Andean Textile Arts

  • MA


P.O. Box 367, Corvallis, OR 97339
Incorporated in Boston

United States

About Us

Concerned that knowledge of traditional weaving techniques could be lost in this generation, ATA supports efforts to revitalize and share the art and knowledge of Andean textiles. Andean Textile Arts is an organization dedicated to supporting the people and communities of the Andes in their efforts to preserve and revitalize their textile traditions. 

ATA is an all volunteer organization with no paid staff. It depends on the support of people who share our goals  of preserving and encouraging the art, knowledge, and social values that underlie the work of traditional artisans in and around Cusco. Hundreds of weaving families have a better life through the work of ATA.

ATA works closely with the Center for Traditional Arts of Cusco, Peru. The Center is made up community associations in ten villages. Through ATA, supporters of CTTC  give time and resources to weaving and educational programs, community and economic development projects, and capacity-building efforts.

 In North America, ATA offers educational tours to Cusco, sponsors Peruvian weavers’ attendance at museum events, festivals and workshops, and promotes Andean textile arts to the larger community. ATA is a U.S. 501(c)3 nonprofit.

Building Campaign

Through the generosity of many donors, ATA raised $500,000 to make possible the purchase of the Center’s building on Avenida Sol, housing a retail shop for weavers’ textiles, administrative offices, an educational center, the permanent collection, dormitories for visiting weavers, and a museum.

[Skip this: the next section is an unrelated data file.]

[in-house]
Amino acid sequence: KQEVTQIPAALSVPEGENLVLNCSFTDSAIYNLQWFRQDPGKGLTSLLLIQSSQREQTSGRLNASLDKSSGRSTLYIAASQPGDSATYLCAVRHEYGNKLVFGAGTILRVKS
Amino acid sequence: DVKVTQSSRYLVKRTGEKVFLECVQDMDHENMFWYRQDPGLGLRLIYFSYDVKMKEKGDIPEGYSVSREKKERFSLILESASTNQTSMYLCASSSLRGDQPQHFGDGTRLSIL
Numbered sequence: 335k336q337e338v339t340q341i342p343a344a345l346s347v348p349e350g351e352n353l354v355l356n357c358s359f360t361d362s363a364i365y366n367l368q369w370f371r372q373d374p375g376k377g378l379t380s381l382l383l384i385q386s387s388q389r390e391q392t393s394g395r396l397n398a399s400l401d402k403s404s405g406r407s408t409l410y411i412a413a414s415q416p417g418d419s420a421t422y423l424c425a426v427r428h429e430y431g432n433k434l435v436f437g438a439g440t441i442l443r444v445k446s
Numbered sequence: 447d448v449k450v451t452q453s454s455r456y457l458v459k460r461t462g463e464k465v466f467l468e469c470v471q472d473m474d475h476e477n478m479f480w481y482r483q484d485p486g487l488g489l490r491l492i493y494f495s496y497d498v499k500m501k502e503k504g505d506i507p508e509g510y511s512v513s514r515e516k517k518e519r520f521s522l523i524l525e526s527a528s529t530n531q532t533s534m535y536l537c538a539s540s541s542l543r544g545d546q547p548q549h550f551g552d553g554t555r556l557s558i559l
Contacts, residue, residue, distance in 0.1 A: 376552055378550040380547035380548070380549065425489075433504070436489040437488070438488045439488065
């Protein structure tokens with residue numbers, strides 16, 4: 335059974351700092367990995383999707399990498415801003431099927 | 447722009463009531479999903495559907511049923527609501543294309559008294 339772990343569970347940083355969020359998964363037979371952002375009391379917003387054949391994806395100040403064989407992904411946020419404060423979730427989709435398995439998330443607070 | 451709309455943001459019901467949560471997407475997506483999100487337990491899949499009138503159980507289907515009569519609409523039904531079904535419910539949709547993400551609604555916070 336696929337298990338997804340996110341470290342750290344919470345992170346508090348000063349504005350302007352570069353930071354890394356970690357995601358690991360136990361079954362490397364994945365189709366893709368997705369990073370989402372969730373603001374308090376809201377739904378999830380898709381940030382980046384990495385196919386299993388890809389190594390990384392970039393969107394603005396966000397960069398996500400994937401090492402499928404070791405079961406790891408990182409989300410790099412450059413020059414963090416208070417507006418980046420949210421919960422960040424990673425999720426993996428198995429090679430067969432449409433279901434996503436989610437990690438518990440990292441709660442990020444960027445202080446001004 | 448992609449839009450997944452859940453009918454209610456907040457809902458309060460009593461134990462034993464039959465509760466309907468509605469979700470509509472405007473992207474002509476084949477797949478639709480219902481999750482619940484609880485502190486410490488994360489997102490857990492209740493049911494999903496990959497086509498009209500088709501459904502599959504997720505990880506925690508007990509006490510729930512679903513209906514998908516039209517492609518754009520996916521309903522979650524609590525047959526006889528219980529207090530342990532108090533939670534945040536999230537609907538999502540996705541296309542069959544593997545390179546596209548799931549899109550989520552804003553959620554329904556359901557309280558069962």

Each year, CTTC hosts Christmas fiestas in each of its ten villages. Hot chocolate, traditional Christmas bread, and toys are distributed to over a thousand children. ATA has been the main sponsor of this special project. Small donations from supporters go a long way to bring joy to weaving families.


ATA has supported CTTC’s educational work. Initially, CTTC worked with elder weavers to teach traditional patterns and weaving techniques. It has reintroduced the use of natural dyes, and provides educational opportunities through events like Tinkuy and workshops at the Center.

Community Shelters

Our earliest grants funded the construction of weaving shelters. The shelters were crucial to the early success of CTTC: they provided community centers where weavers from outlying areas came together on a regular basis to learn, work, and give support to one another, protected from the elements.

Youth Programs

Since its inception, CTTC has brought together the youth of the villages to learn to weave jakimas as their first projects. These narrow bands incorporate the signature patterns of a particular village, and are the building blocks of larger textiles. Youth projects continue to be a priority.

Weaving Competitions

During annual weaving competitions, CTTC weavers enter their best woven and knitted textiles in several categories. The top three weavers from each village are awarded prizes. CTTC purchases winning textiles to add to its permanent collection.